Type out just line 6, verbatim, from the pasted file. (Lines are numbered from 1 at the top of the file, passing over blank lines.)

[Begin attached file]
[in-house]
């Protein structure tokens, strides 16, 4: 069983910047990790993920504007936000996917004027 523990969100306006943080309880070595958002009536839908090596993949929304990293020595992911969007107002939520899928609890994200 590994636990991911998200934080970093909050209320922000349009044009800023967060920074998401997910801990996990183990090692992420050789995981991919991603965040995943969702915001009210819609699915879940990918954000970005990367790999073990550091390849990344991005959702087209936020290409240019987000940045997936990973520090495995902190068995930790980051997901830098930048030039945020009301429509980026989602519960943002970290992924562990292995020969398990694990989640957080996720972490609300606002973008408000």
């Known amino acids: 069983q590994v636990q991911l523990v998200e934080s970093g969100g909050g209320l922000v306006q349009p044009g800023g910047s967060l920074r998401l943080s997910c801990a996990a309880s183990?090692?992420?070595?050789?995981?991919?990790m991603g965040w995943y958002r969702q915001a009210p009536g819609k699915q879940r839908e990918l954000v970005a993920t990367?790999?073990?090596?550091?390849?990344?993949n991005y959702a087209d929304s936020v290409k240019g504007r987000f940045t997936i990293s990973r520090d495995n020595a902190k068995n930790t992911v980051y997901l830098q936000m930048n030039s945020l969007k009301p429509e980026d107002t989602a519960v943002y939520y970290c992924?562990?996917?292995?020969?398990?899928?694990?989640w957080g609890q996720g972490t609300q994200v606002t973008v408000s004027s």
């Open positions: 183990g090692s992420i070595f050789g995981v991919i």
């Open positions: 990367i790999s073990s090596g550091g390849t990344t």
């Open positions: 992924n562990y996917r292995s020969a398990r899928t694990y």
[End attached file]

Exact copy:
């Open positions: 992924n562990y996917r292995s020969a398990r899928t694990y």